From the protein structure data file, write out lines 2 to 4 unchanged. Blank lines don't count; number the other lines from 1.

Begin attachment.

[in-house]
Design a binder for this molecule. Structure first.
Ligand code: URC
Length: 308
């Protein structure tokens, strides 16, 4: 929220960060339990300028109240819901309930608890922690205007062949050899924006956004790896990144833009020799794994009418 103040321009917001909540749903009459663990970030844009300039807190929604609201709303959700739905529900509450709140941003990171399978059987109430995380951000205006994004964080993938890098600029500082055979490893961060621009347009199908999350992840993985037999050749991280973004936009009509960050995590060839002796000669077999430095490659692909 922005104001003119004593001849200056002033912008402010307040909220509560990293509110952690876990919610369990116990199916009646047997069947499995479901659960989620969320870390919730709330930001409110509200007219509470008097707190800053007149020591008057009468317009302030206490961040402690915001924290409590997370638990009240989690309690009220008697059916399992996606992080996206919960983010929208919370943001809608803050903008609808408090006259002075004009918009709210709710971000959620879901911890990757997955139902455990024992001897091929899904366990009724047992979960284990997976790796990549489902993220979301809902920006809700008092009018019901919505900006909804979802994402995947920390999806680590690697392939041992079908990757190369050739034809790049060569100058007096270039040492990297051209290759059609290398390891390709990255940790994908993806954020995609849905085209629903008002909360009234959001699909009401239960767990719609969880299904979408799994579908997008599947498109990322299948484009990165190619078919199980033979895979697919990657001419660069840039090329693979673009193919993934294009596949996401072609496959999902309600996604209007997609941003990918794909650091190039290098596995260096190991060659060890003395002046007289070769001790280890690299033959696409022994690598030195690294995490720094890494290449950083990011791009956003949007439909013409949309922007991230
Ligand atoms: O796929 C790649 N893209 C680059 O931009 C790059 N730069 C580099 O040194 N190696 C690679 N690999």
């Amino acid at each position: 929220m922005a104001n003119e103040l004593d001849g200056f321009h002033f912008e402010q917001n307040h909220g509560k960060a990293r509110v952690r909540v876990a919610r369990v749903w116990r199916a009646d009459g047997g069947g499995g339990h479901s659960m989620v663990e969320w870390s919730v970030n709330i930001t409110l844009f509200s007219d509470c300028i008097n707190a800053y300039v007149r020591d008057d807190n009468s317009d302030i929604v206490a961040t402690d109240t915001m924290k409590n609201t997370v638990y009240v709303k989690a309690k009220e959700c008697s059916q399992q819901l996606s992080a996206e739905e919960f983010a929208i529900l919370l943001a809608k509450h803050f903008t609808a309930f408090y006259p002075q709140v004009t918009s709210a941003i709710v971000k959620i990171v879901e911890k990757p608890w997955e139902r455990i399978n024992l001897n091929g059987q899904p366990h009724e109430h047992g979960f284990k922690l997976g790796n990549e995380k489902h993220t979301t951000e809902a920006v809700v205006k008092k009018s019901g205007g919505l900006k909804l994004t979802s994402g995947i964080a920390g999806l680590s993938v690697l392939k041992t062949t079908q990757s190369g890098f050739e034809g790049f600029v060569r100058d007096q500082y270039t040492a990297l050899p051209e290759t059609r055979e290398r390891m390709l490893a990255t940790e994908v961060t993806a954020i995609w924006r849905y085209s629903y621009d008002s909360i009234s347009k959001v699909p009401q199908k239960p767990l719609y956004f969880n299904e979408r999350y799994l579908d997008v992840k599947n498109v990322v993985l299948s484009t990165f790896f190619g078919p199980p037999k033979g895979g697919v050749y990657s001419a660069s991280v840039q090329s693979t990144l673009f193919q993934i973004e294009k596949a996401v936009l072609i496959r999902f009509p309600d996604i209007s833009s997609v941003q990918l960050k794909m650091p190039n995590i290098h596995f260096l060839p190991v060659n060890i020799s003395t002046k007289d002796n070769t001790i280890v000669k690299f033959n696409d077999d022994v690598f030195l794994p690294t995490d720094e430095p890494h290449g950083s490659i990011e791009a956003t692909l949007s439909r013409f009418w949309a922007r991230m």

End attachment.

Design a binder for this molecule. Structure first.
Ligand code: URC
Length: 308